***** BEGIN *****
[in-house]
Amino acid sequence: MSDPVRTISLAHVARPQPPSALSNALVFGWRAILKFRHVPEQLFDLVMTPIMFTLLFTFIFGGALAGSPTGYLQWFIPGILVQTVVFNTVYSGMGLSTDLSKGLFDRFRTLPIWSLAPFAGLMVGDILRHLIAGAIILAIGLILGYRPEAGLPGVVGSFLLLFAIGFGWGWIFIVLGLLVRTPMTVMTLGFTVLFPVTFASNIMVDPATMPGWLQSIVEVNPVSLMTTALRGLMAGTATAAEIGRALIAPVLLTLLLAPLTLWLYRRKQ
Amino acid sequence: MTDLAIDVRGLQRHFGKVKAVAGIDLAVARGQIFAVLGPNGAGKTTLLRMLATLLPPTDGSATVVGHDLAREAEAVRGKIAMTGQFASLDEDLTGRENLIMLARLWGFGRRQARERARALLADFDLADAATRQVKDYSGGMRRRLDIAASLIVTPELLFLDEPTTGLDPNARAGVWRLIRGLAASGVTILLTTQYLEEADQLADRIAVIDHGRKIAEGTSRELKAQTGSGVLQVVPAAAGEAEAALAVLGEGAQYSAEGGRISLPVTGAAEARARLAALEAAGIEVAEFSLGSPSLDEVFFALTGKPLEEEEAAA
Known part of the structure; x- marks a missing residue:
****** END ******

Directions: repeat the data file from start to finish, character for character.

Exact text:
[in-house]
Amino acid sequence: MSDPVRTISLAHVARPQPPSALSNALVFGWRAILKFRHVPEQLFDLVMTPIMFTLLFTFIFGGALAGSPTGYLQWFIPGILVQTVVFNTVYSGMGLSTDLSKGLFDRFRTLPIWSLAPFAGLMVGDILRHLIAGAIILAIGLILGYRPEAGLPGVVGSFLLLFAIGFGWGWIFIVLGLLVRTPMTVMTLGFTVLFPVTFASNIMVDPATMPGWLQSIVEVNPVSLMTTALRGLMAGTATAAEIGRALIAPVLLTLLLAPLTLWLYRRKQ
Amino acid sequence: MTDLAIDVRGLQRHFGKVKAVAGIDLAVARGQIFAVLGPNGAGKTTLLRMLATLLPPTDGSATVVGHDLAREAEAVRGKIAMTGQFASLDEDLTGRENLIMLARLWGFGRRQARERARALLADFDLADAATRQVKDYSGGMRRRLDIAASLIVTPELLFLDEPTTGLDPNARAGVWRLIRGLAASGVTILLTTQYLEEADQLADRIAVIDHGRKIAEGTSRELKAQTGSGVLQVVPAAAGEAEAALAVLGEGAQYSAEGGRISLPVTGAAEARARLAALEAAGIEVAEFSLGSPSLDEVFFALTGKPLEEEEAAA
Known part of the structure; x- marks a missing residue: